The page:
Is the Total-Debt-to-Total-Assets ratio the only measure of a company’s leverage?

No, it’s one of several metrics used to assess a company’s leverage. Others might include the debt-to-equity ratio, the equity ratio, and the times interest earned ratio.

: What is the Total-Debt-to-Total-Assets ratio used for?

This ratio is used to evaluate a company’s financial stability, comparing the amount of debt it has to its total asset value. It assesses how effectively a business uses debt financing, alongside its ability to continue operations during financial hardship.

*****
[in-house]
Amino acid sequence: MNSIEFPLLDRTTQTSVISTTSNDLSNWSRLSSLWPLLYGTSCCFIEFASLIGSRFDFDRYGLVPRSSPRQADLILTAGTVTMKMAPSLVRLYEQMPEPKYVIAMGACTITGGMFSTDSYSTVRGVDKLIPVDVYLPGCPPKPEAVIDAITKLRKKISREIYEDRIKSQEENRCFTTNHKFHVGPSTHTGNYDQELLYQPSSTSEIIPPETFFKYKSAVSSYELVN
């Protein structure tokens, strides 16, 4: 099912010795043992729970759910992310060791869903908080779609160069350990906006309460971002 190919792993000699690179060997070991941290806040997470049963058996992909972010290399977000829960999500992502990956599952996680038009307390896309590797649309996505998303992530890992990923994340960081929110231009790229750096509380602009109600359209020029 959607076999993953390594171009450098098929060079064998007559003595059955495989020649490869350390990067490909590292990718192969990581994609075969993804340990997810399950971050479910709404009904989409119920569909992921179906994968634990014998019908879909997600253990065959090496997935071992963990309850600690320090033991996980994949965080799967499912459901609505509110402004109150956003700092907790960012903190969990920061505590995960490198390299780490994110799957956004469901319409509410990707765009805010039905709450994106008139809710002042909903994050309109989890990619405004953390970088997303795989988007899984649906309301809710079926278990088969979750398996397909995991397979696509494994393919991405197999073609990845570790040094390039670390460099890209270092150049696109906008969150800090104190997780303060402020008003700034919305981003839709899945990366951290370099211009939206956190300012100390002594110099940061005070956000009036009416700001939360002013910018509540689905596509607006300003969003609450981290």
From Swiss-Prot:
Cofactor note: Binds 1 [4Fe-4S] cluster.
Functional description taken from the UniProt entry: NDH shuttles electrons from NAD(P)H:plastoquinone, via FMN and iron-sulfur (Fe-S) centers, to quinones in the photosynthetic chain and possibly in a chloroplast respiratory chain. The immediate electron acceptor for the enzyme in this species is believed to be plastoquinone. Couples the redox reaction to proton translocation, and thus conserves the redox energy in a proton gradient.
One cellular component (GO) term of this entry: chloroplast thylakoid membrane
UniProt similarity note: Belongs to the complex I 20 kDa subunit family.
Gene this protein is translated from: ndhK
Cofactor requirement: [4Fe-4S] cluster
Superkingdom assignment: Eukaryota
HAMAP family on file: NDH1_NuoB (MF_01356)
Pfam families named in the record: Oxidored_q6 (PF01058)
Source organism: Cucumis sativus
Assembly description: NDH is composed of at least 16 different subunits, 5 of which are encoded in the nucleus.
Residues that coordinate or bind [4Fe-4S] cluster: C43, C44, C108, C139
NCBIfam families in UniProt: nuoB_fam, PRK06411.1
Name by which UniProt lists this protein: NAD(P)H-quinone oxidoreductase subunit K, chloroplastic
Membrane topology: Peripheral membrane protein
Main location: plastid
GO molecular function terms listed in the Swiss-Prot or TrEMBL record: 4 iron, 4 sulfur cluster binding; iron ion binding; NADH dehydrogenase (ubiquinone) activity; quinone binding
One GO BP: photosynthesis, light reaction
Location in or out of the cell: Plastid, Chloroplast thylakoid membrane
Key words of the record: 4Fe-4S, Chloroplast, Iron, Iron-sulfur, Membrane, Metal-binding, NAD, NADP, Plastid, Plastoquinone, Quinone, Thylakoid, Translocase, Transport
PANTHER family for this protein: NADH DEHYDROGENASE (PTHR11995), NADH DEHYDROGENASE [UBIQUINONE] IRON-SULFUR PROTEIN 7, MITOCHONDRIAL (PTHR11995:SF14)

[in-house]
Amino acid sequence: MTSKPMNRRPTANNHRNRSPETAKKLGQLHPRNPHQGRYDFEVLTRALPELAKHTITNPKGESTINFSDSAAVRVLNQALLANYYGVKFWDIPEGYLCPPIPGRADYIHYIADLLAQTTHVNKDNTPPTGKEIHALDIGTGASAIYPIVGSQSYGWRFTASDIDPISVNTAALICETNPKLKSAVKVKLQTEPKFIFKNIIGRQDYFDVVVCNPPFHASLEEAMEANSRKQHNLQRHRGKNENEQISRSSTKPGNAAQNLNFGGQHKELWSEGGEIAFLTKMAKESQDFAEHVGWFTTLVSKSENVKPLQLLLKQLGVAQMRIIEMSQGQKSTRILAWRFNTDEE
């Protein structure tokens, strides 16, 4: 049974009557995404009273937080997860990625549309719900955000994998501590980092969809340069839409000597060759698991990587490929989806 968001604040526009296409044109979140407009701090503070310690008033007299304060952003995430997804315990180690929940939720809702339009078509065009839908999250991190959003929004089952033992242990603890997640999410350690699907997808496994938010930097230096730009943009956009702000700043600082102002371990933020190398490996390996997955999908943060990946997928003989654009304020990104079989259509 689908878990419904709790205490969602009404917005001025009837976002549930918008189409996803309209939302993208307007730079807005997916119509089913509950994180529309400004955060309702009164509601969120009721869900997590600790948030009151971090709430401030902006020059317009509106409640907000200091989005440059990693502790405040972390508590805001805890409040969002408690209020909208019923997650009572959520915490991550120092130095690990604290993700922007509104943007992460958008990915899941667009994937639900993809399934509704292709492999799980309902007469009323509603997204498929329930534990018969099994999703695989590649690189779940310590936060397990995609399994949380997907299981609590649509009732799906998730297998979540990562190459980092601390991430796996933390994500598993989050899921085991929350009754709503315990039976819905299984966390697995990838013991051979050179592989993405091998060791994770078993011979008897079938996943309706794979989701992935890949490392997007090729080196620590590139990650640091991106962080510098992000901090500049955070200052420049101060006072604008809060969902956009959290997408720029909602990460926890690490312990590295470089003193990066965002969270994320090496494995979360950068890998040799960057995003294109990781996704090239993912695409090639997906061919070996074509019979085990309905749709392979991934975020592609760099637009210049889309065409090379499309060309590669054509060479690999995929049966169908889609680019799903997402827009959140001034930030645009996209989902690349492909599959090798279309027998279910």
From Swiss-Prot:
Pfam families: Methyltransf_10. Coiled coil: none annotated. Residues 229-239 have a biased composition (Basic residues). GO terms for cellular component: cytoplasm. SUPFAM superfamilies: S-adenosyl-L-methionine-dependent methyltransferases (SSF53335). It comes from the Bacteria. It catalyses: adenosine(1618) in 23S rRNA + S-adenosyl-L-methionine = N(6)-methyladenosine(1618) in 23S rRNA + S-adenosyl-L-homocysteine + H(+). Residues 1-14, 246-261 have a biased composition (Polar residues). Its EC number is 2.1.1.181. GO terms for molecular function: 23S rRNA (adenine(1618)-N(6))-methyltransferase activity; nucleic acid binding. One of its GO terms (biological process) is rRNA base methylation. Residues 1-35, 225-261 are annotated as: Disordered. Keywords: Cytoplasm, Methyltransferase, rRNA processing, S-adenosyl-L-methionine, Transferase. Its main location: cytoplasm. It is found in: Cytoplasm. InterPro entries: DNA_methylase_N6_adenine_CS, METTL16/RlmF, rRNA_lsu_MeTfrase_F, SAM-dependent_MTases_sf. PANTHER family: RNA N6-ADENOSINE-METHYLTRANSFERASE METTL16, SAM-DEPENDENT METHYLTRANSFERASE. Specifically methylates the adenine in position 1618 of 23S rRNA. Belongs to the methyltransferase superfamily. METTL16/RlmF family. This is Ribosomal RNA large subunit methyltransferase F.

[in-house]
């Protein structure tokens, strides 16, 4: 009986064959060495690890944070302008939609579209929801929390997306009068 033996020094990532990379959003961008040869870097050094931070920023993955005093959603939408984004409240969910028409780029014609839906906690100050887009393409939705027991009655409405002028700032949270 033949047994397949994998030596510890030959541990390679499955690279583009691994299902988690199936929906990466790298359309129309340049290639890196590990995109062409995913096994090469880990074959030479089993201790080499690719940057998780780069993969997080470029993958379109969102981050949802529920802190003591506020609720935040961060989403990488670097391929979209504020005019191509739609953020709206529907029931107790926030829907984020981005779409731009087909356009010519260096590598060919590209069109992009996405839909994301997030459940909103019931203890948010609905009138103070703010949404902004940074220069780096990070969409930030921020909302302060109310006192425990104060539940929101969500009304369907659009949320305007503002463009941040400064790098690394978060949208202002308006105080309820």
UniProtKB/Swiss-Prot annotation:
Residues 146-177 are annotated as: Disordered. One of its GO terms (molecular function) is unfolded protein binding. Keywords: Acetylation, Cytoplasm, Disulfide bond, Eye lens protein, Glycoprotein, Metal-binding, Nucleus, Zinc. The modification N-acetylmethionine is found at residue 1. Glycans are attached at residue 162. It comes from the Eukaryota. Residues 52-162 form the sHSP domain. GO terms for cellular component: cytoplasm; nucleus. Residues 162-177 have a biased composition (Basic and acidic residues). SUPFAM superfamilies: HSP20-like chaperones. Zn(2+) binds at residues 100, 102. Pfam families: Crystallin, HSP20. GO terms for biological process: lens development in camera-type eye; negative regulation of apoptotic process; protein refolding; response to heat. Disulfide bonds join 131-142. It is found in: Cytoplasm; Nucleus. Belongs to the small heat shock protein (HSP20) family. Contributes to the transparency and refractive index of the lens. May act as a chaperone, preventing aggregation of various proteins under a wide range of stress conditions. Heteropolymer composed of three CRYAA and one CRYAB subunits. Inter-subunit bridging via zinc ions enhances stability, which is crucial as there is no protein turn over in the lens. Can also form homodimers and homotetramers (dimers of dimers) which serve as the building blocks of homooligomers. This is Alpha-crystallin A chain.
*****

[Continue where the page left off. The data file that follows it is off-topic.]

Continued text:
Related Finance Terms

  • Asset Liquidity: A measure of the ease with which an asset can be converted into cash without affecting its market price.
  • Capital Structure: The mix of various debt and equity options that a company uses to finance its overall operations and growth.
  • Debt Ratio: A financial ratio that indicates the percentage of a company’s assets that are provided via debt.
  • Equity Ratio: The proportion of the total assets of a company that are financed by stockholders and not creditors.
  • Insolvency: The state of being unable to pay the money owed, by a person or company, on time; those in a state of insolvency are said to be insolvent.